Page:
A trusted voice to guide difficult decisions
Patients rely on the expertise of their medical professionals to make decisions about their health. When it comes to hearing problems, medical professionals are often the first and last point of contact for many people. Ensuring medical professionals have the latest information and a strong support network is pivotal to patient success.
Timely patient referral is critical for outcomes and holistic health care
GENERAL PRACTICE CARRIES THE ONUS OF HAVING TO BE UP TO DATE IN EACH AND EVERY AREA OF SPECIALISATION OF MEDICINE
Patients look to their general practitioner for advice on all aspects of health. The world of hearing implant technology is constantly changing and the GP is not expected to be abreast of every aspect of hearing implant, but GP’s should have a strong collaborative referral network to whom they can refer patients with the reassuring knowledge that they will be given the best hearing solution – be it a hearing aid, a hearing implant, or both.
With WHO estimating the prevalence of disabling hearing loss affecting more than 230 million people globally and the recent findings that treating hearing loss reduces dementia risks factors, the need for timely referral has never been more well understood.
THE GENERAL PRACTITIONER IS REGULARLY CONFRONTED WITH HEARING-RELATED QUESTIONS SUCH AS:
Should my patient who has been struggling for years with a hearing aid now be considered for a hearing implant?
Is a hearing implant suitable for a patient of any age?
Is a hearing implant suitable for hearing loss in one ear?
Is a hearing implant still possible in the context of previous ear disease and surgery?
Will the cost of a hearing implant device be fully covered for my patient?
The answer is in fact YES to all of the above
HOW CAN I IDENTIFY IF A PATIENT MAY BE A CANDIDATE FOR A COCHLEAR IMPLANT?
The impact of hearing loss on daily life through anecdotal reports is an important precursor to identifying potential cochlear implant candidates. Common concerns identified through your case history by a patient or their family indicating they may benefit from a cochlear implant include;
limited benefit with appropriately fitted hearing aids
difficulty on the telephone
Reliance on visual cues for successful communication
Family and friends report that the patient experiences communication difficulties even with the use of amplification
Patient has family make appointments for them
Patient reports that noise significantly impacts speech perception.
The following are check list tools identifying general candidacy guidelines for use in the clinic when an assessment for an implantable hearing device should be considered. While these guidelines are broad, they effectively establish markers when clinicians should begin thinking about discussing implantable hearing devices as an effective option to improve hearing;
Surgery for hearing implants is relevant to every ear surgeon
IT IS EXPECTED BY PATIENTS THAT THEIR OTOLOGIST IS ABLE TO DELIVER OPTIMAL HEARING
This is particularly so with the full suite of hearing implants now available. All fellowship-trained otologists recognise the rapidly changing criteria for hearing implants for patients with unilateral and bilateral hearing losses. No longer mutually exclusive, the domains of routine otological surgery and hearing implant surgery are now merging.Our patients’ will regularly require surgery to address underlying ear disease (such as chronic tympano-mastoid disease, Meniere’s disease, or end-stage otosclerosis). At the same time, hearing can be restored with a hearing implant. Ear surgeons can recognise this need for our patients and provide access to the solution. We must be positioned to deliver surgery safely and successfully, be it simultaneous or staged.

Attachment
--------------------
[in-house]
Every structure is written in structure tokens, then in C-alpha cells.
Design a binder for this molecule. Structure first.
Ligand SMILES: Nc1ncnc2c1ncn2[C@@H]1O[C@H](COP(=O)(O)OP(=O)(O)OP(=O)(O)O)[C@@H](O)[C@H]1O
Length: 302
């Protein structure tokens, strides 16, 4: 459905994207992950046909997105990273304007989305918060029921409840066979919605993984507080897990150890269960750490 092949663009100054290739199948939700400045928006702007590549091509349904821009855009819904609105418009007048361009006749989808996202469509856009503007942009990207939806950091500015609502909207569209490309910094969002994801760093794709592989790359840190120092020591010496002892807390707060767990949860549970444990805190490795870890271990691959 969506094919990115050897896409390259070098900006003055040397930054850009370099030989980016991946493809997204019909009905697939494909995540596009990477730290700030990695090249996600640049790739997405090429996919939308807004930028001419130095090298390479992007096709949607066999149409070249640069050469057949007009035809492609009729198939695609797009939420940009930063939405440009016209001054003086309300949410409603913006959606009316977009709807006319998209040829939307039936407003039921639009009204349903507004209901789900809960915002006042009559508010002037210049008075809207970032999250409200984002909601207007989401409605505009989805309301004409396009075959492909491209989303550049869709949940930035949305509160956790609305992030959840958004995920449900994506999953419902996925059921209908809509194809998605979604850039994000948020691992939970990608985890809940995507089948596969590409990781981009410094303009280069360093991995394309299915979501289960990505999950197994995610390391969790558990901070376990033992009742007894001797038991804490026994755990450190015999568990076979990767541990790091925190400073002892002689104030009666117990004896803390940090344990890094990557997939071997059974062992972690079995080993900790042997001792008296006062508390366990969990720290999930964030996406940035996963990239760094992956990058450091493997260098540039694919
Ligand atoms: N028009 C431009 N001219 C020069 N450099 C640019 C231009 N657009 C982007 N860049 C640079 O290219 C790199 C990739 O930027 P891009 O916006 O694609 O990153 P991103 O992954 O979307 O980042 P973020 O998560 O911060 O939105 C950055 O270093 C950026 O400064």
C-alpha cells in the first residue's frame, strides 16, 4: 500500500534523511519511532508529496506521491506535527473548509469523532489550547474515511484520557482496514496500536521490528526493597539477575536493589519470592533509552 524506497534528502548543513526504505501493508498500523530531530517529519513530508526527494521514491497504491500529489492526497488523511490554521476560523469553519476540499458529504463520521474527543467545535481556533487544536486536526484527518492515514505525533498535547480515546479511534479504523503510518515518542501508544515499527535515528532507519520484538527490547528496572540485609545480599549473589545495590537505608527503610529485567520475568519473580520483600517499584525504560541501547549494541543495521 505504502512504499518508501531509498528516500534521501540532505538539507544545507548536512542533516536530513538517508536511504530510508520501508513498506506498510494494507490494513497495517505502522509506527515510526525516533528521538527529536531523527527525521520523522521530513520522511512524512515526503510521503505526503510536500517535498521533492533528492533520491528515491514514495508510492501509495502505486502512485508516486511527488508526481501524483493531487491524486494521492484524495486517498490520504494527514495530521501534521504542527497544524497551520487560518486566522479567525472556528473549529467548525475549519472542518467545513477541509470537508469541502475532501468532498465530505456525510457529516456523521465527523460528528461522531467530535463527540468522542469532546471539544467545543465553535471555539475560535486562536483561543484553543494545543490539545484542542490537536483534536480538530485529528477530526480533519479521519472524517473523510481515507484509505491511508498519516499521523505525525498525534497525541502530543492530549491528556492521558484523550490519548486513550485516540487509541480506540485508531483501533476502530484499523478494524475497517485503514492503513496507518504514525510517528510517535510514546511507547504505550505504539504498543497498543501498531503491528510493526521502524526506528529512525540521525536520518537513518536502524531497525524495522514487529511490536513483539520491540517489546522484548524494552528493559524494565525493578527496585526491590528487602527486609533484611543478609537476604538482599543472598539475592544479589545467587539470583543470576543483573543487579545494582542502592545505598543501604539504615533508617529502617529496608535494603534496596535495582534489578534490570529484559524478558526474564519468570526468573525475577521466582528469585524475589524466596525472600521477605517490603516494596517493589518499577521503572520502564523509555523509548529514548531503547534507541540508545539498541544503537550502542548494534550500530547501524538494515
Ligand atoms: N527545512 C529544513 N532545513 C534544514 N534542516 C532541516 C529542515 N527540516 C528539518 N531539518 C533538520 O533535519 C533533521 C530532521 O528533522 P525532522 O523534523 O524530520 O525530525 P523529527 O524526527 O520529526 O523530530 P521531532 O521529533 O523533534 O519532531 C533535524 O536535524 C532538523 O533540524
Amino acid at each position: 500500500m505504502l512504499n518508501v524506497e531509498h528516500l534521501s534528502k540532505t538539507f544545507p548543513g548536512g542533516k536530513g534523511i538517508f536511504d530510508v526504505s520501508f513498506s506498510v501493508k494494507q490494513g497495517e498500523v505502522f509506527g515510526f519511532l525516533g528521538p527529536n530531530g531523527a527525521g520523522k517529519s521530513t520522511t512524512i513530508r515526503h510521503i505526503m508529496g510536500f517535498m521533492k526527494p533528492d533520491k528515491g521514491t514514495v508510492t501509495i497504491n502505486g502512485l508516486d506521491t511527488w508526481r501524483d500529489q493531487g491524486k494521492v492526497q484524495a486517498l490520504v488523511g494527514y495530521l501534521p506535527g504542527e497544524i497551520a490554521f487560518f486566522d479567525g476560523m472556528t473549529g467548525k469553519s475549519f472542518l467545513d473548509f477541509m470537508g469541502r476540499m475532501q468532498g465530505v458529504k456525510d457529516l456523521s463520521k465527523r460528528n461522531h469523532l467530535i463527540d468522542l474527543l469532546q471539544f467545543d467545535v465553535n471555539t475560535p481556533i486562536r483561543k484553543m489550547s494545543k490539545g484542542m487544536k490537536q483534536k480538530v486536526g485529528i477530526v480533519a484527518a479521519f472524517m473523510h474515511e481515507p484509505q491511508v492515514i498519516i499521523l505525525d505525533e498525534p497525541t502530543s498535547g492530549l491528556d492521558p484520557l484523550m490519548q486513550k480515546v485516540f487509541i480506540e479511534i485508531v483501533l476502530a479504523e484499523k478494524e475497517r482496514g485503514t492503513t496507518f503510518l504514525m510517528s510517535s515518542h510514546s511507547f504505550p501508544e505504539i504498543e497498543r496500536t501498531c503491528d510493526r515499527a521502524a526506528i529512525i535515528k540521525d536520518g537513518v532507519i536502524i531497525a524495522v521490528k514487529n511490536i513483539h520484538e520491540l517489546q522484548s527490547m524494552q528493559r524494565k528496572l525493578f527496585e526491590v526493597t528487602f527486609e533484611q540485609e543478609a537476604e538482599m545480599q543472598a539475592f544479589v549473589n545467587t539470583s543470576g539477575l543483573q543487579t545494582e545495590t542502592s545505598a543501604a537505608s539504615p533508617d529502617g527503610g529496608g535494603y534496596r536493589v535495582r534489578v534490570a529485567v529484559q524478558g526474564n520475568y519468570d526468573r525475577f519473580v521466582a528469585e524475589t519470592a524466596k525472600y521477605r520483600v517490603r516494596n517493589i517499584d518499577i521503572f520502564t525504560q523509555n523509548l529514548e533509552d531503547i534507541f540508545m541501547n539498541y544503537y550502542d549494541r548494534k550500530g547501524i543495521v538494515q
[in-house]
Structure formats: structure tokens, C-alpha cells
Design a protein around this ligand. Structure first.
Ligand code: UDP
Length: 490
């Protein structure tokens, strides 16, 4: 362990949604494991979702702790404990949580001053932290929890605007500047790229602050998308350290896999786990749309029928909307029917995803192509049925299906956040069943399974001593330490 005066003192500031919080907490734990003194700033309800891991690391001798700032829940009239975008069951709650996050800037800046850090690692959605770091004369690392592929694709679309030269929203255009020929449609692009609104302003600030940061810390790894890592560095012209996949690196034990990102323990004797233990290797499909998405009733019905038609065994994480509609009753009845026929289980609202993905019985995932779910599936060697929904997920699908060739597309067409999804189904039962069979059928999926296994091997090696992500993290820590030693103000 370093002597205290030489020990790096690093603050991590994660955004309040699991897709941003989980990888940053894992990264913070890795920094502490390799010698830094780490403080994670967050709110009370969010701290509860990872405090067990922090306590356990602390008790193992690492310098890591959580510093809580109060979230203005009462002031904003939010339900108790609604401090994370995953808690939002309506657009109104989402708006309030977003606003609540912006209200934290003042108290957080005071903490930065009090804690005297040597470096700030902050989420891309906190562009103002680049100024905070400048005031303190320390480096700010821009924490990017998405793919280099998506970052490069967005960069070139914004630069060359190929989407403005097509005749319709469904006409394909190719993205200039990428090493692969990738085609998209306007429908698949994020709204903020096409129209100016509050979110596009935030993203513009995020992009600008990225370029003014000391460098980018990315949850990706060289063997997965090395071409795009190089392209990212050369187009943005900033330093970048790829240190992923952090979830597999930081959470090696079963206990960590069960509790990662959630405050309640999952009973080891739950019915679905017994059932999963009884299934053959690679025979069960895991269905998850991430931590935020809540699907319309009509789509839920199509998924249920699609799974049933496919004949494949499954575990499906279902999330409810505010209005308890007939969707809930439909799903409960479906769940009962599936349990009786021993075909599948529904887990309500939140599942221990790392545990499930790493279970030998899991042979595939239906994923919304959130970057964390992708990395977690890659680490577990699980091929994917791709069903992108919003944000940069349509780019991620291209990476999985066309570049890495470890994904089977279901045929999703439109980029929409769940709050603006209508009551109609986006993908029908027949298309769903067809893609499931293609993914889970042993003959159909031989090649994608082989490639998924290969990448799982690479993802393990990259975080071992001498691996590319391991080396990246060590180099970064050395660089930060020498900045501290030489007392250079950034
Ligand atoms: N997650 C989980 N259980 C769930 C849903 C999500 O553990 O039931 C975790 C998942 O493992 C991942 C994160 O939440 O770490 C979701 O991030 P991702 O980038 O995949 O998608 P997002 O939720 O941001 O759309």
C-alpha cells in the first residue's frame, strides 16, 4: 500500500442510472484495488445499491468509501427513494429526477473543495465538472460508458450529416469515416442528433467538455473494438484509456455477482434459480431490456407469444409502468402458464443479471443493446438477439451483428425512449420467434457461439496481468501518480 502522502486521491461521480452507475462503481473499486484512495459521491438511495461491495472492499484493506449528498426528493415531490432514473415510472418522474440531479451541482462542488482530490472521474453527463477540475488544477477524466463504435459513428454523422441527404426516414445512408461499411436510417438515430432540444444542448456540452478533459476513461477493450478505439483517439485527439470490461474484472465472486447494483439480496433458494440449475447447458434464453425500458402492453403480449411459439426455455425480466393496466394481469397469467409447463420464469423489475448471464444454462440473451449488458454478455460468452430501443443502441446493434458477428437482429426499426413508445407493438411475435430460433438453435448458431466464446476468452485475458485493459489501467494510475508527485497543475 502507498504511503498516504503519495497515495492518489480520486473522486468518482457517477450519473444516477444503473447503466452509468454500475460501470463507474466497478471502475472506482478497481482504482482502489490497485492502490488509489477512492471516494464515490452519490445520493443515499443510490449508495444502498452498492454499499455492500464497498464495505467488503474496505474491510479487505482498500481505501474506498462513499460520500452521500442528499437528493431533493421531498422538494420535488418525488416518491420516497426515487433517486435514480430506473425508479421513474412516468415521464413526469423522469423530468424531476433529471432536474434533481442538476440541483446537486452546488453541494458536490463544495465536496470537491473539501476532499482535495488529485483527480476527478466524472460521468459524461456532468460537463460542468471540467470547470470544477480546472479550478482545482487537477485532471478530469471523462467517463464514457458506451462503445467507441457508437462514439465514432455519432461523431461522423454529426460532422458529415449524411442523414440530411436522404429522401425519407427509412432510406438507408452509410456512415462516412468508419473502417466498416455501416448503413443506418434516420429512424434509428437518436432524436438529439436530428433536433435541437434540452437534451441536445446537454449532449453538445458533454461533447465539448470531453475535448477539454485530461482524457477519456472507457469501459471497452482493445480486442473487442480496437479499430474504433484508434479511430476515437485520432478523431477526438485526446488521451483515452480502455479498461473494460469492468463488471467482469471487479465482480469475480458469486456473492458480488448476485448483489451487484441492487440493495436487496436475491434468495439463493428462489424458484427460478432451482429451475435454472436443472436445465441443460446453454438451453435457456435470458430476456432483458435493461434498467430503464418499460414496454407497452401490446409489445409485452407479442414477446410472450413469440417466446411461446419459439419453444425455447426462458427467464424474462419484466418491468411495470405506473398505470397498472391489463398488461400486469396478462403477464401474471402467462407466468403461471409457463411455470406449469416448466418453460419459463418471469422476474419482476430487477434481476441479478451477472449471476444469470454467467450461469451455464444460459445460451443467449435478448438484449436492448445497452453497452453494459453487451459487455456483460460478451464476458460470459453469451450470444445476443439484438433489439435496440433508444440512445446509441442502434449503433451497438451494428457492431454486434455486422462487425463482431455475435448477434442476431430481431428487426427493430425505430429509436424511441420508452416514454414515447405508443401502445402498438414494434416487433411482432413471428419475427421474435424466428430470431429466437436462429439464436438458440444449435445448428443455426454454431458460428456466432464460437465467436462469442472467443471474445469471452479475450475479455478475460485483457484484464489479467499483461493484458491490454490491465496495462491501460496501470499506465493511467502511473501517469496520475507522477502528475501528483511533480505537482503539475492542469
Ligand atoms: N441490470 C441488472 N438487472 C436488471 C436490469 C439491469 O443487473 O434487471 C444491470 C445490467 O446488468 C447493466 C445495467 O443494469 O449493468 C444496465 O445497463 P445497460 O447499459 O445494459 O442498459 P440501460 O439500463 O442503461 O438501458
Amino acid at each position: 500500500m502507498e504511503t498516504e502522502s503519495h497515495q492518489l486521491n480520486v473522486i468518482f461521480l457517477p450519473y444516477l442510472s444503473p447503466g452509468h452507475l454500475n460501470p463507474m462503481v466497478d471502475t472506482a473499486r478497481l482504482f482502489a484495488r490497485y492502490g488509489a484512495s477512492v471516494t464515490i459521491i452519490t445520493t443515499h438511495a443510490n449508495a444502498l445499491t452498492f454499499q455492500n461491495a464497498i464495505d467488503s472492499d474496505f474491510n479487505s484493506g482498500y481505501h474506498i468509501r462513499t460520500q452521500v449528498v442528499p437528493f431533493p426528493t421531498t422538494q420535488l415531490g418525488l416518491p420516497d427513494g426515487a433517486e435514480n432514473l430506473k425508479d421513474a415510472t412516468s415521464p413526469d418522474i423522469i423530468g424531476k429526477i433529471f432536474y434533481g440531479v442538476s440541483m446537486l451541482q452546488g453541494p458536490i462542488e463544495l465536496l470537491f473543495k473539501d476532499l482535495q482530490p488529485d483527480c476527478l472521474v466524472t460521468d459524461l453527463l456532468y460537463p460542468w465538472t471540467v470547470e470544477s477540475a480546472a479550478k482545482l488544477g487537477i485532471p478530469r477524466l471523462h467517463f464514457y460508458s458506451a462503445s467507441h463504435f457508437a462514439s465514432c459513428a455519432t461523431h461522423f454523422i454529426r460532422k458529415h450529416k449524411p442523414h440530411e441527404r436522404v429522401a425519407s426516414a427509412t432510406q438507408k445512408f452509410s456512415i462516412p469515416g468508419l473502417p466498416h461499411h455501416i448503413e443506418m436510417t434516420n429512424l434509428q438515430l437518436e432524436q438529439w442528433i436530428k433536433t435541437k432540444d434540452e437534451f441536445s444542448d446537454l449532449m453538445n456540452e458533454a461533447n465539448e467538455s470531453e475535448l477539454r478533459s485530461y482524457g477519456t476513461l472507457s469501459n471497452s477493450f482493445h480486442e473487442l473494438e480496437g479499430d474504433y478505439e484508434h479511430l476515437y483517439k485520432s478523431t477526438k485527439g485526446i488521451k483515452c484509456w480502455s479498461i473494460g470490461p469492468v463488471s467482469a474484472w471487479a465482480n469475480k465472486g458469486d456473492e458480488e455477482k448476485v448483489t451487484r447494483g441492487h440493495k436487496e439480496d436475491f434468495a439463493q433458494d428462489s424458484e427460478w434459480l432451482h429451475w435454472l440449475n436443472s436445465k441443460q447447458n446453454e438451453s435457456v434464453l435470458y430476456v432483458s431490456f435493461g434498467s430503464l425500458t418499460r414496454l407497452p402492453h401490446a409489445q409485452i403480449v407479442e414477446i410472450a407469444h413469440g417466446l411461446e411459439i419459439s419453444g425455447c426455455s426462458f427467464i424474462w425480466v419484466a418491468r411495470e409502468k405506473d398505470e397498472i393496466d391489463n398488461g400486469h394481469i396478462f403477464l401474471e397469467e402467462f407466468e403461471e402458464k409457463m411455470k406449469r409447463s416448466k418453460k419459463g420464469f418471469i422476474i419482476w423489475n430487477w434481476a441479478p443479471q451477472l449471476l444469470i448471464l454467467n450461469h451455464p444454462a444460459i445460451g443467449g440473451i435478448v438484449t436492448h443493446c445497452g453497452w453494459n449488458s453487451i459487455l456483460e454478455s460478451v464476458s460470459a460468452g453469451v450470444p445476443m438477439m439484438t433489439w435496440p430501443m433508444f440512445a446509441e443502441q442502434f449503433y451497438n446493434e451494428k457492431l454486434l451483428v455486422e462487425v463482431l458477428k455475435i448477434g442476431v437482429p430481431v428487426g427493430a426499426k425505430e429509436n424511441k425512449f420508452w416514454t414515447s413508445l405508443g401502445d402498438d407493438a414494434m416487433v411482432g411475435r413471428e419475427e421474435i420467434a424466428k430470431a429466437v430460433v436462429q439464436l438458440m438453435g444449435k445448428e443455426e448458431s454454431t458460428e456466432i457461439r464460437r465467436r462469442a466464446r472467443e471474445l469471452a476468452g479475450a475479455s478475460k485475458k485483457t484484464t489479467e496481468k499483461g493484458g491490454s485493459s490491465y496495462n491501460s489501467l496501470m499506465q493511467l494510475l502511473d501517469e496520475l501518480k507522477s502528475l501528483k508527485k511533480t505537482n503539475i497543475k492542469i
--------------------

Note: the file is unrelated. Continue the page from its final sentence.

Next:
Hearing Implants Australia provides the network of the most qualified hearing implants surgeons, and support for surgeons considering establishing work in this area.
SURGEONS NEED A CLEAR PATHWAY BY WHICH TO PARTNER WITH AUDIOLOGISTS
Surgery for implantable hearing devices is one of the few operations where the outcome lies beyond the technical success of surgery. A person’s success and satisfaction lies in the hands of the entire team that support them, including the counselling and care of the experienced hearing implant audiologist's with which we partner.
Hearing Implants Australia Professional Network includes qualified and experienced private audiologists, all in independent practice, as well as our in house specialists.
SURGEONS NEED TO TEAM WITH AUDIOLOGISTS FOR COCHLEAR IMPLANT CANDIDACY
Modern cochlear implantation demands that the surgeon liaises even more closely with the audiologist, sharing the care of mutual patients. There are now even more surgical considerations relating to candidacy: combined surgery, implant and electrode choice, hearing preservation, and the preservation of the capability for long-term MR imaging. Concurrently, there is the emergence of even more real world audiological considerations relating to candidacy for hearing implants. People need to consider their own lifestyle and use of connectable technologies, including the connectivity of any hearing implant with any of our patients’ concurrent and future hearing aids and accessories. Only audiologists responsible for long term audiological are in a position to support people with informed decisions in these areas.
Hearing Implants Australia recognises the need for this critical partnership between hearing implant surgeon and audiologist. With 20 years of surgical experience and industry presence, Hearing Implants Australia advocates this vital partnership between surgeon and audiologist.
Hearing Implants Australia provides medical professionals with the network of audiologists and audiometrists to best articulate a long term treatment plan for their patients
to help your patients and acquire an expedited referral please contact us directly